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Invasives be gone

This past week on the refuge we started working on collecting data for a project that will assist the refuge in controlling the invasive privet plant. Why is invasive privet bad? Like any other invasive species, they outcompete other native plants for habitat and space to grow. Additionally, the animals here at Big Oaks, including birds and rabbits, can't use privet for food or shelter; therefore not benefitting the ecosystem.

We collect our invasive privet data by going to designated latitude and longitude coordinates. We then measure out 100 meters along a specific azimuth (degree direction on a compass). We take vertical height measurements every five meters of any plant species at that spot and take pictures along the way. Here's a picture of our measuring setup and what privet looks like.

We also helped out preparing for a burn the fire crew would conduct later in the week. We took straw and placed it on top of one of the refuge's drained crawfish frog ponds. While the crawfish frog is currently endangered, they're also being threatened by a parasite. By burning the area the goal is that the heat produced by the fire will help eradicate the disease at the location.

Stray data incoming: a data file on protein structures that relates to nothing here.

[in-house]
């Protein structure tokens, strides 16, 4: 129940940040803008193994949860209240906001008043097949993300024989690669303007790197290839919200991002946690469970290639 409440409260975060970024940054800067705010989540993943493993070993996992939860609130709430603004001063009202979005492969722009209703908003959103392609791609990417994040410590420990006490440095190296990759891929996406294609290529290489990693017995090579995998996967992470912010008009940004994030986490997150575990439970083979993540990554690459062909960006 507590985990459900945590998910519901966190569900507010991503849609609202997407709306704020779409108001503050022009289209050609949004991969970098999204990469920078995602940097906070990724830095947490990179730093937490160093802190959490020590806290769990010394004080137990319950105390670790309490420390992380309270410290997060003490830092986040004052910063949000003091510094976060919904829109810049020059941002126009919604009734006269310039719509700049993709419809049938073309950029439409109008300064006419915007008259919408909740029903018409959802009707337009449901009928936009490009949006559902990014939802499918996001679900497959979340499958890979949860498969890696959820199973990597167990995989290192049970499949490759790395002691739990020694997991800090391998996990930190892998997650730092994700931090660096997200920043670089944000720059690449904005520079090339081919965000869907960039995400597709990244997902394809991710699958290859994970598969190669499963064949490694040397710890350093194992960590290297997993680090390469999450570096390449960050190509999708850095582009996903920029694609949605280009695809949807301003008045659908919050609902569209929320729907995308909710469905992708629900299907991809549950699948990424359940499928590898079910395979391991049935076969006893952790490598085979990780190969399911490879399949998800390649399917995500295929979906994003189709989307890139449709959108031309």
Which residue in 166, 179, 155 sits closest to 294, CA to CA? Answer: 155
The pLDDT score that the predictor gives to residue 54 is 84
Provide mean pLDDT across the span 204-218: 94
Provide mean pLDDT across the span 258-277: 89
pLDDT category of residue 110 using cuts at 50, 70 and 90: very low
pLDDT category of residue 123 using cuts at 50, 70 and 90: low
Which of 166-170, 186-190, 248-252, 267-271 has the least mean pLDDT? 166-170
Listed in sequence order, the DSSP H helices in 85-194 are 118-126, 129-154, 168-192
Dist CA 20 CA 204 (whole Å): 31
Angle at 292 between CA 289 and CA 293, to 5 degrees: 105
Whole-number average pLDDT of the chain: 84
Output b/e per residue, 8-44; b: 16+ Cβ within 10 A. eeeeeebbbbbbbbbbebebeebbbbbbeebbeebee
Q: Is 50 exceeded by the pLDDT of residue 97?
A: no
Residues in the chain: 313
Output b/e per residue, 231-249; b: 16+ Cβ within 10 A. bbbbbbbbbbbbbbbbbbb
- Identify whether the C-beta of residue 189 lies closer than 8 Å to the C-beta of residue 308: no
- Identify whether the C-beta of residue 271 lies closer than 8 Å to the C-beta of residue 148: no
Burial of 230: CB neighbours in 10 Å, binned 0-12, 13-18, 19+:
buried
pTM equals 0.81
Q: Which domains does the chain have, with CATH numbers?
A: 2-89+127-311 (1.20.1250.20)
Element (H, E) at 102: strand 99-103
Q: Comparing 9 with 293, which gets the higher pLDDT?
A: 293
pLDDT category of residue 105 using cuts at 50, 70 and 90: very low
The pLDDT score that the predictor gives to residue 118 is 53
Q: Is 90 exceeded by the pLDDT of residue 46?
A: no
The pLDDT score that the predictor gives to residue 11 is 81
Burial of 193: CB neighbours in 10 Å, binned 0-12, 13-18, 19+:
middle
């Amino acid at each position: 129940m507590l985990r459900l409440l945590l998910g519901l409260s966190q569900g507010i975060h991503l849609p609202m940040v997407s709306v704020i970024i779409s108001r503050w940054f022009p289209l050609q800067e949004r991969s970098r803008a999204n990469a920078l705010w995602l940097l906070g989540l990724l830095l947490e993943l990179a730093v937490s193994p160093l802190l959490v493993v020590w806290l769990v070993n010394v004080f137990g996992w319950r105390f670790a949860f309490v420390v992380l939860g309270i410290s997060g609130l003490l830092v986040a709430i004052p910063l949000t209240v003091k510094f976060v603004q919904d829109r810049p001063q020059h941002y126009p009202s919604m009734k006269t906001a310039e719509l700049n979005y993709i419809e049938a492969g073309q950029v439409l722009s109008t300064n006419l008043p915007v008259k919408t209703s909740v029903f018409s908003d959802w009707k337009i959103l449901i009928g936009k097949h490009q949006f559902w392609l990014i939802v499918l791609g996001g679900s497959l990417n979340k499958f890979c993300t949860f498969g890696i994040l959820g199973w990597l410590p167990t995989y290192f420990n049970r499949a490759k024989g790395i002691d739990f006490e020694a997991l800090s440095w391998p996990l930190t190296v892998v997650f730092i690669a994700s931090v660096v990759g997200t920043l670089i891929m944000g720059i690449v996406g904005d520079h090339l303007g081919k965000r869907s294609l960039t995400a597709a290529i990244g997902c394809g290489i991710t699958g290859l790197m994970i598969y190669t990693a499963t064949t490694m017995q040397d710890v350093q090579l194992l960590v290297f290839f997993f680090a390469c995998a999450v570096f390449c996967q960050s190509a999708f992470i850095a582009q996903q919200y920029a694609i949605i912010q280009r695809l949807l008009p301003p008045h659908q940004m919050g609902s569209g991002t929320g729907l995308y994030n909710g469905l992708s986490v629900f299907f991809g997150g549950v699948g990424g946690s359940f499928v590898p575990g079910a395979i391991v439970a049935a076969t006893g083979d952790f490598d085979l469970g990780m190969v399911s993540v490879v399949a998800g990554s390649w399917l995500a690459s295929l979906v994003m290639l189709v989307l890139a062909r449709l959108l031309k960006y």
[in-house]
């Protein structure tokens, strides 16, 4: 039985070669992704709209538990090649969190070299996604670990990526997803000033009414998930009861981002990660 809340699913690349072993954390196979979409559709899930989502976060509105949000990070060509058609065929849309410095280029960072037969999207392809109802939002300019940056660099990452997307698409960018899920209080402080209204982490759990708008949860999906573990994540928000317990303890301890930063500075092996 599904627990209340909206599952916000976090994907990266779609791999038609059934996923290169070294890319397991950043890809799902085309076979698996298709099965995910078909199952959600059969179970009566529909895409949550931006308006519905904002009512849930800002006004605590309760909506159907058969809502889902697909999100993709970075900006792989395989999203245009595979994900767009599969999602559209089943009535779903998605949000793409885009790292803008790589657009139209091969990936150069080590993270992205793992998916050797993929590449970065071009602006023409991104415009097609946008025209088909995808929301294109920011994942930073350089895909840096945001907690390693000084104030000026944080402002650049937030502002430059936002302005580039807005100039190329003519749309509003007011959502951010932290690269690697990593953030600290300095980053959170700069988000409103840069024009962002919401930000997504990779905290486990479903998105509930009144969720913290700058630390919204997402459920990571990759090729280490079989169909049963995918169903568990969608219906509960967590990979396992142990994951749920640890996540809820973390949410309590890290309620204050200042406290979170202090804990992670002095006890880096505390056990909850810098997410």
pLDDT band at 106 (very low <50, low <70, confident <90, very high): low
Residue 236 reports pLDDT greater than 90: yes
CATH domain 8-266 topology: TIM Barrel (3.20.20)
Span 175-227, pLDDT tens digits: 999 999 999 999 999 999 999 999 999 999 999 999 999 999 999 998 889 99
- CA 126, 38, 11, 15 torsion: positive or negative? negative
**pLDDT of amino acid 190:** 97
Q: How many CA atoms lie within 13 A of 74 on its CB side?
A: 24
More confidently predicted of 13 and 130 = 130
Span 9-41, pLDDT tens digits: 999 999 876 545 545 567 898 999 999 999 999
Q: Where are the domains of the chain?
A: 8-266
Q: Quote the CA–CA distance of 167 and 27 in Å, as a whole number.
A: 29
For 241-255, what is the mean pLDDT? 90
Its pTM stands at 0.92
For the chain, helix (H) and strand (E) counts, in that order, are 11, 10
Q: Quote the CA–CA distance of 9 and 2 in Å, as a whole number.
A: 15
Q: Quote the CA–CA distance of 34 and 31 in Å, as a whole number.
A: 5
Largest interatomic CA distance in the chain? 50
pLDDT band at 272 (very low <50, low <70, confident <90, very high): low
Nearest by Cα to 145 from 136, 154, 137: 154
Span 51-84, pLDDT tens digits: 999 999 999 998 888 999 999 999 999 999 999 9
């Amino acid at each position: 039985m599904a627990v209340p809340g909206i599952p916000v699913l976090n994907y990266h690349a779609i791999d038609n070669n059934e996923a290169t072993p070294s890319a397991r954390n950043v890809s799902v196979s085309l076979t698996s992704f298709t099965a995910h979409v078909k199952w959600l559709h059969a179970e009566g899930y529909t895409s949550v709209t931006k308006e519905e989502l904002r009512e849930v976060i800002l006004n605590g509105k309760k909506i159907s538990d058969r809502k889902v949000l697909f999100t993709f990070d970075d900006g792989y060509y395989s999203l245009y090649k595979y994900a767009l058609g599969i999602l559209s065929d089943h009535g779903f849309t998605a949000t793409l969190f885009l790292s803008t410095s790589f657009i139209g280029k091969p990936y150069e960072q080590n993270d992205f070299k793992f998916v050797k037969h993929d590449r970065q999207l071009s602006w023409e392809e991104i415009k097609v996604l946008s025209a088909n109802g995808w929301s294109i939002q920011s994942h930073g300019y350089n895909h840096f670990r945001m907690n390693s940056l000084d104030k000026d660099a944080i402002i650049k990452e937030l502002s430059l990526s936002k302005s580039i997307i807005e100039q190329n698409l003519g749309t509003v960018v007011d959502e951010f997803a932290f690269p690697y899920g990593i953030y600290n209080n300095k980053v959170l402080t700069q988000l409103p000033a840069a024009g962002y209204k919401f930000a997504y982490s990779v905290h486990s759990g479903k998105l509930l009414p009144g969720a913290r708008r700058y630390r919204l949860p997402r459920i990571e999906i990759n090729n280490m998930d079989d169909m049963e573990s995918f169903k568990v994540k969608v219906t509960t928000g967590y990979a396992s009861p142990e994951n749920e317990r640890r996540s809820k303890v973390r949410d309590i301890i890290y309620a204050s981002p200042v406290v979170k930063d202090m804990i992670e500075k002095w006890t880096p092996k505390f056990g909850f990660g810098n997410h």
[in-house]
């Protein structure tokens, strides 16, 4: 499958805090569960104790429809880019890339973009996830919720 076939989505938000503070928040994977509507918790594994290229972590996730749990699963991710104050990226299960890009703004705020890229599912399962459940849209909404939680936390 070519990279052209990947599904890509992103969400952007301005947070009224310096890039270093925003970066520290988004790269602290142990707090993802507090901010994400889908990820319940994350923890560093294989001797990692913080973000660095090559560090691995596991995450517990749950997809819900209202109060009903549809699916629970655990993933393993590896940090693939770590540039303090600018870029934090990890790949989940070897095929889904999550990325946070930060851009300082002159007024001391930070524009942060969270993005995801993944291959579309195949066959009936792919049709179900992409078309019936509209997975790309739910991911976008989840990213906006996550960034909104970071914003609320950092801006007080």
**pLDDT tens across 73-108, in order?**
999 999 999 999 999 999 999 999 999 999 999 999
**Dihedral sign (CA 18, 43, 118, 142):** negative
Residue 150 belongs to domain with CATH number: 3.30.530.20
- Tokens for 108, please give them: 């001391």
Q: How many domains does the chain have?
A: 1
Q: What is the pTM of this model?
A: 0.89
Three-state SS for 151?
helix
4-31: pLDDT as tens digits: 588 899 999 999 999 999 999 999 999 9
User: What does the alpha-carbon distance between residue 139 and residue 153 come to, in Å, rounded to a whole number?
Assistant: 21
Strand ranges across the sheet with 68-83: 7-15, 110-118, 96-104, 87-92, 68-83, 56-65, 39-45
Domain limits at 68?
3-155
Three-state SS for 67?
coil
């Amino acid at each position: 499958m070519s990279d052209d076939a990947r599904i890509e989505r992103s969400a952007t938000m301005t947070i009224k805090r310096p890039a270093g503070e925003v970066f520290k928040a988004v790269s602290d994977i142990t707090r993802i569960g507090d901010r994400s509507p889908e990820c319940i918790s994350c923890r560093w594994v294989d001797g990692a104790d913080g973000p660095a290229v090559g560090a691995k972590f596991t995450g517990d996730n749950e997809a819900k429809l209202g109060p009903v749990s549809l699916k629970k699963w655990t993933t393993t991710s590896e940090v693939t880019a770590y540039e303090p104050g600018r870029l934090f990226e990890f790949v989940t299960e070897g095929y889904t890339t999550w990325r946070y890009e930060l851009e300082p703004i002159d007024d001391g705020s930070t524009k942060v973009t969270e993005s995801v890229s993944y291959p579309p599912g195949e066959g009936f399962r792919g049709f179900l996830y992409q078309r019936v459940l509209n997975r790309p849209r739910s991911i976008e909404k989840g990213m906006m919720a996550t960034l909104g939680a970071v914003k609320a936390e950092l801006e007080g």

Here is what it looked like after it was burned.

While moving the straw for the pond, we found a juvenile snake hiding between the hay bales.

We also went out looking for bumble bees for the project Mark mentioned in the last blog post. Here is one we were able to catch and he identified as most likely a common eastern bumble bee.

As the weather is cooling off, the leaves have already started to change on the refuge into beautiful oranges and yellows.

We had our second deer hunt of the season this past weekend, which included a rainy and cold first day. We continued to learn how to check in the deer and how to look at a buck's teeth to determine more specifically how old they are. There’s still plenty of deer on the refuge, sometimes we'll see some jumping over the roads when driving around. We'll continue taking hunt pictures throughout the rest of the year and post them to our Facebook so keep an eye out for that!



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